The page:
Two-Period Solow

Two-Period Solow - International Finance Study of trade...

Info iconThis preview shows pages 1–2. Sign up to view the full content.

View Full Document Right Arrow Icon
1 The Two-Period Model Lecture 1 International Finance • Study of trade over time. – I give you a slip of paper today. – You give me goods today. – I give you goods in exchange for slip of paper tomorrow. • Trade over time is no different from trade in apples and oranges today. – All of our theories of comparative advantage etcetera, remain intact. – Need new terminology to capture ideas. • The slip of paper is a financial contract. The Financial Contract and Its Price • The contract is an agreement between two parties. The contract specifies the amount of one good I must give up today in order to receive a certain (different) good tomorrow. – Think apples today for oranges tomorrow. • How much should I pay for the contract? • There are two prices: – The relative price of the two goods. How many apples would I trade for one orange if they were both in the market at the same time. – The relative price between the two periods. How much do I have to pay to get extra consumption tomorrow in terms of consumption today. The Relative Price of the Two Goods • Throughout our economics training we are accustomed to thinking of different prices for different goods. • What determines the relative price of apples and oranges? – How much do we like apples versus oranges? If we like apples a lot relative to oranges, they will tend to be more expensive. – Are apples more readily available than oranges? If the supply of apples is high relative to oranges, they will tend to be cheaper. • So, supply and demand determine the relative price of apples and oranges – fascinating. The Relative Price Between Two Periods • The principal is the same: supply and demand determine the relative price of consumption today versus consumption tomorrow. • How eager are we to consume? – If we are very impatient (we want to eat now!), consumption today will tend to be more expensive. • Are times good or bad today relative to the future? – If there is lots of stuff to consume today (relative to tomorrow), today’s consumption will tend to be cheaper. • So, there will be no difference in thinking about trade today versus trade tomorrow, except in terminology. To Be More Specific, We Need a Model • The model is simply a representation of reality – We cannot expect too much of it. – It will, however, give us a framework with which we may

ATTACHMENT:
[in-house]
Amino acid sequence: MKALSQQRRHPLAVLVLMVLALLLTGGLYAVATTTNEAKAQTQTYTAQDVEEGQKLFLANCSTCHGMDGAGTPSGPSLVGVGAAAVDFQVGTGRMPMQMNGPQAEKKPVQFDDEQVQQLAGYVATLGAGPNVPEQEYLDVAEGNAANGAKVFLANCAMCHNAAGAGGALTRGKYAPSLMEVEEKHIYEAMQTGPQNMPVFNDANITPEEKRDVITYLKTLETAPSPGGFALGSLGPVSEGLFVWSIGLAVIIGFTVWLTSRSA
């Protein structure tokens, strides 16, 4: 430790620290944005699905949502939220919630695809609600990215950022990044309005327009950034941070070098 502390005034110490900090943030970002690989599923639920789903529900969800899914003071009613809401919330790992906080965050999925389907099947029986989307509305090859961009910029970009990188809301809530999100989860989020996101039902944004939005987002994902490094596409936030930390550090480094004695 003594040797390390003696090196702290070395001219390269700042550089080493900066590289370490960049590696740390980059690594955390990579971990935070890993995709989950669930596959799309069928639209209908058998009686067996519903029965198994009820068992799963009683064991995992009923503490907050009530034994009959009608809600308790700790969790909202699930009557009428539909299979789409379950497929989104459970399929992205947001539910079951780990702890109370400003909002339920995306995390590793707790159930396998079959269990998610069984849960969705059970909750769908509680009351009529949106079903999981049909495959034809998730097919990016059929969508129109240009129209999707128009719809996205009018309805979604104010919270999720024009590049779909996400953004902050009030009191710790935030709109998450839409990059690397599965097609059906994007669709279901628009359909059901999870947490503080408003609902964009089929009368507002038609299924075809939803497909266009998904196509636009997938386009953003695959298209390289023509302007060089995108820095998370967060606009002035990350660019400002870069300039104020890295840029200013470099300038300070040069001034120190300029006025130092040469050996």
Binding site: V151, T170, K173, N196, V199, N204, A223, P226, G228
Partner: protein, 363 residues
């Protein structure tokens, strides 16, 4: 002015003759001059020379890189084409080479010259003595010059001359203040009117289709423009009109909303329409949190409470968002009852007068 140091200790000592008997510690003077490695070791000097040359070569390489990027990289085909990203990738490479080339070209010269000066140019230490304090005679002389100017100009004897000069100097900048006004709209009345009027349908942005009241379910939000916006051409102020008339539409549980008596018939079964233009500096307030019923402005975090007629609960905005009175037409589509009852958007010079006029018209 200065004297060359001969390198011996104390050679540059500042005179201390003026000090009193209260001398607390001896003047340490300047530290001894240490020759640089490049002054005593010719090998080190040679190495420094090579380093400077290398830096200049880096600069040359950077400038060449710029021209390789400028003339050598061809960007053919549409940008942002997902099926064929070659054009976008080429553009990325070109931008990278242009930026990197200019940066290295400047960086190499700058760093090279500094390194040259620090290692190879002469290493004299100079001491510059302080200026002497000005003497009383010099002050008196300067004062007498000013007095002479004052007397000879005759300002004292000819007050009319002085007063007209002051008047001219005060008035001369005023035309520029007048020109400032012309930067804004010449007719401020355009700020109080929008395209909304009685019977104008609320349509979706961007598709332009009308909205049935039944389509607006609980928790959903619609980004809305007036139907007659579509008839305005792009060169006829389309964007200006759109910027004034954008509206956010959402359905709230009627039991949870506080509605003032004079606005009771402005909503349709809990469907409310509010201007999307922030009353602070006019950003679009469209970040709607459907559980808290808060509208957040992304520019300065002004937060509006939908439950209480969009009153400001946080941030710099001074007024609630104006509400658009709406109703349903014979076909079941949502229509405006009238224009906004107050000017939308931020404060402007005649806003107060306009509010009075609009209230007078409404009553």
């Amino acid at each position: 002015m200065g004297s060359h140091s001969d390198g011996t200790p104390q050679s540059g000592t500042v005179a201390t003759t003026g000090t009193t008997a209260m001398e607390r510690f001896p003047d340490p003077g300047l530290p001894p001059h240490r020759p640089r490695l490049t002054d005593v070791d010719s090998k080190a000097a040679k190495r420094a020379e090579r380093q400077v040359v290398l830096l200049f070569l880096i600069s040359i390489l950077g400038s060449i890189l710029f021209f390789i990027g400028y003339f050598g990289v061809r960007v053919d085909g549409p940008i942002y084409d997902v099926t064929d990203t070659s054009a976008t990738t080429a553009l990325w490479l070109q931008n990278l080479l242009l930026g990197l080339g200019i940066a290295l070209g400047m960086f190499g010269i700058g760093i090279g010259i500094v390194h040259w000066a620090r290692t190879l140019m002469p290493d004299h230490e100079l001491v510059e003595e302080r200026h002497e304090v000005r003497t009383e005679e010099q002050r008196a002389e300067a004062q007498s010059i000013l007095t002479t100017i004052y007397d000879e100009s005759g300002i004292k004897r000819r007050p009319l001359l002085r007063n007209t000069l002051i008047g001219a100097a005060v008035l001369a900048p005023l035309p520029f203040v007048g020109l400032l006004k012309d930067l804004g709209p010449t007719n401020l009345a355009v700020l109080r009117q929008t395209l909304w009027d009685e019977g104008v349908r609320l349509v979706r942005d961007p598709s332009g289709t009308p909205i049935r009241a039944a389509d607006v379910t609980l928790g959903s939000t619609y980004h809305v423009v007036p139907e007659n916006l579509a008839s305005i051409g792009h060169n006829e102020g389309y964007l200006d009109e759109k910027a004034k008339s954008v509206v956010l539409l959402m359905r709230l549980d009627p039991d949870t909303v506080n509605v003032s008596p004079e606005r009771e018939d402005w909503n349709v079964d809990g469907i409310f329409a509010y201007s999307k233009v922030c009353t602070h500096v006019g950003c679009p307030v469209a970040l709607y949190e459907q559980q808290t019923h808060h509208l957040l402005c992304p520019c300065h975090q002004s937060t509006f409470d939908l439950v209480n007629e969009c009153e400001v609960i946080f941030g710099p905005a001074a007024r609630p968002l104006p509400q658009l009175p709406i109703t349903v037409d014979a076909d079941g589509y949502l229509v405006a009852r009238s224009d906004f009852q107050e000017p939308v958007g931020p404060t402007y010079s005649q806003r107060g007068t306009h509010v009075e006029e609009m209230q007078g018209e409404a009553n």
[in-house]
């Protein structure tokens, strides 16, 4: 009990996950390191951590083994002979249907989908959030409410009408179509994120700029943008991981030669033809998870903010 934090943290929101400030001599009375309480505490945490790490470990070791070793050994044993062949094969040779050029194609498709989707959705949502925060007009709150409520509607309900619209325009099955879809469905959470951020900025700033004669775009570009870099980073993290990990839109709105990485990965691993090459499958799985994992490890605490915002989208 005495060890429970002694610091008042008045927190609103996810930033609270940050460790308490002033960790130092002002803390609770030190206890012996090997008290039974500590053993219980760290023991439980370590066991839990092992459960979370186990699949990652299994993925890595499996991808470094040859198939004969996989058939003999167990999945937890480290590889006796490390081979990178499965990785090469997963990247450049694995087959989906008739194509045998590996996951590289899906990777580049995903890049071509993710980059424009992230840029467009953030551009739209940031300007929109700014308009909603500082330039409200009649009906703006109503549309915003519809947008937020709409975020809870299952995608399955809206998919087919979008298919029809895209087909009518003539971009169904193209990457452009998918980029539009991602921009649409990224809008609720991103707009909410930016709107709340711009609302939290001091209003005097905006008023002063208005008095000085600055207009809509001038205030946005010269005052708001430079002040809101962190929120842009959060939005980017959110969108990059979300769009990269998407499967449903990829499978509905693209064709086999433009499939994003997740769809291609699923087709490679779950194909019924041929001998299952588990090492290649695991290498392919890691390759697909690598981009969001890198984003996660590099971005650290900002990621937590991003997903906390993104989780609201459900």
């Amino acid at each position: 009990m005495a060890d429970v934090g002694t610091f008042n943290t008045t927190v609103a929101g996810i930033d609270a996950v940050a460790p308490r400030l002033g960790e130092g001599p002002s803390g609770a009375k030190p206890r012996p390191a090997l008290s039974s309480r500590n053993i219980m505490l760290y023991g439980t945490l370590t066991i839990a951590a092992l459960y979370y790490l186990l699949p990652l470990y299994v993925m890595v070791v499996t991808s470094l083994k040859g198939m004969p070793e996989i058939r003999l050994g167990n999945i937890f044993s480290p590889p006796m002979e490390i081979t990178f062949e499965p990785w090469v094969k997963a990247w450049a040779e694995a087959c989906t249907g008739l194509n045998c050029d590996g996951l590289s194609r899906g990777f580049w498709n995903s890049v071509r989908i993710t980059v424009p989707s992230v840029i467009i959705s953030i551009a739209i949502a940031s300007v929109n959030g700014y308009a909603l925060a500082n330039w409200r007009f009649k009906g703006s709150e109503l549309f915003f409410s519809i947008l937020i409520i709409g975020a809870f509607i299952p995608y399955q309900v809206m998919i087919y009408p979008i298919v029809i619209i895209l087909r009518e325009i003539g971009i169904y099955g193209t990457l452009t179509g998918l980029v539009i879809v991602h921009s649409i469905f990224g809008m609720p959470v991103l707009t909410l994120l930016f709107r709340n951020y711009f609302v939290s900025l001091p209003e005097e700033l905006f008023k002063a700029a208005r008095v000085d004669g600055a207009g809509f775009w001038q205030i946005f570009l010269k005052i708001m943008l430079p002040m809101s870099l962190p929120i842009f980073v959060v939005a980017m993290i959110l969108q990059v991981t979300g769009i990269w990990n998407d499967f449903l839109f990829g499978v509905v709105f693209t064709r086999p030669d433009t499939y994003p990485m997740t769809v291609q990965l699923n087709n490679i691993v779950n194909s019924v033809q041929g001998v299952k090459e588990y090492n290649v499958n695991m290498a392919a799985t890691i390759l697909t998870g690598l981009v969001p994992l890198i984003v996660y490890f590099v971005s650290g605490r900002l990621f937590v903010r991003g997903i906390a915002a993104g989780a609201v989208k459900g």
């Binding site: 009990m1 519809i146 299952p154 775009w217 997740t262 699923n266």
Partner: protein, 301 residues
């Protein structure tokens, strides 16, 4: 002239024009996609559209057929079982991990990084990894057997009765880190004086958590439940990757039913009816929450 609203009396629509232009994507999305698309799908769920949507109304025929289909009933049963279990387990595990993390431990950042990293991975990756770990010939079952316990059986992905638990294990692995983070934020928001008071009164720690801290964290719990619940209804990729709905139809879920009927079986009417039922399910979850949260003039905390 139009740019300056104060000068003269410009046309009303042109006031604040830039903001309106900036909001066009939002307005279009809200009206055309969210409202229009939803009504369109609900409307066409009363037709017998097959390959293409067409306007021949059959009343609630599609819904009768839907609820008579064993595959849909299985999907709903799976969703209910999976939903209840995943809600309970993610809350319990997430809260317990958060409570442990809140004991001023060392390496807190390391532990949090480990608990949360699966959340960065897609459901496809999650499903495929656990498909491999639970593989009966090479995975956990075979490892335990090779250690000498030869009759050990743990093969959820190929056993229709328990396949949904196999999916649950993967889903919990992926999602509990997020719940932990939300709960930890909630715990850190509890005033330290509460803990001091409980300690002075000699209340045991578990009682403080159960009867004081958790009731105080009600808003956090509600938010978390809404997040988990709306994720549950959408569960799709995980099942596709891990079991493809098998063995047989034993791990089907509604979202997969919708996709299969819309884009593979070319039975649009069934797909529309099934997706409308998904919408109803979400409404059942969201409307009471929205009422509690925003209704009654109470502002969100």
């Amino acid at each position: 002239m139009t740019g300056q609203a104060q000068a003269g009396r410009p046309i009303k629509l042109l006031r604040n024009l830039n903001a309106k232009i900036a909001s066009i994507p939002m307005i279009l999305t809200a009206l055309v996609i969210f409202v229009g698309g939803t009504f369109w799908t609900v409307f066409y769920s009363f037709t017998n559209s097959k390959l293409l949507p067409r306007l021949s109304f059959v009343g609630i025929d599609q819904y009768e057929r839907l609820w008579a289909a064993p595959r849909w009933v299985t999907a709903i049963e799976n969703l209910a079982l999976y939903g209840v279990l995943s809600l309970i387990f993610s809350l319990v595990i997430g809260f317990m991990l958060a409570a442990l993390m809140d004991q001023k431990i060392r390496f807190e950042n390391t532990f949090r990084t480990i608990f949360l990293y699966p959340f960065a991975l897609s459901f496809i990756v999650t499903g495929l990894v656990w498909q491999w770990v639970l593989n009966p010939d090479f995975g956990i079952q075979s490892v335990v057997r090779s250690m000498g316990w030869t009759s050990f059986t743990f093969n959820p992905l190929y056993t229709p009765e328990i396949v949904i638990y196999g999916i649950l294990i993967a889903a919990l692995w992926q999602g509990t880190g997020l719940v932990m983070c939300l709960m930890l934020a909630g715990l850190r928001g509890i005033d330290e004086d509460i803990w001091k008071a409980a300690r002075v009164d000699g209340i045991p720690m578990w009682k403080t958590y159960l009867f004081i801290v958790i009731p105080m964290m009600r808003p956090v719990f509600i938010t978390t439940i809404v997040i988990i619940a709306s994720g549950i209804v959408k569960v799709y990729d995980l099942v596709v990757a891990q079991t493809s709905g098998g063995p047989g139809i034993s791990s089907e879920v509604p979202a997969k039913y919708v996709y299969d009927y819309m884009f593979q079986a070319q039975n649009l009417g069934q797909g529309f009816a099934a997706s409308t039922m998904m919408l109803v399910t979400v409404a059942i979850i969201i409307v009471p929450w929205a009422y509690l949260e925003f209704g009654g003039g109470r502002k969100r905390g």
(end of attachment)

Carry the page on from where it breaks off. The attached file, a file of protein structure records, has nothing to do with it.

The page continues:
Background image of page 1

Info iconThis preview has intentionally blurred sections. Sign up to view the full version.

View Full DocumentRight Arrow Icon
Image of page 2
This is the end of the preview. Sign up to access the rest of the document.

This note was uploaded on 12/06/2010 for the course ECON 3020 taught by Professor Williamson during the Spring '10 term at FSU.

Page1 / 5

Two-Period Solow - International Finance Study of trade...

This preview shows document pages 1 - 2. Sign up to view the full document.

View Full Document Right Arrow Icon
Ask a homework question - tutors are online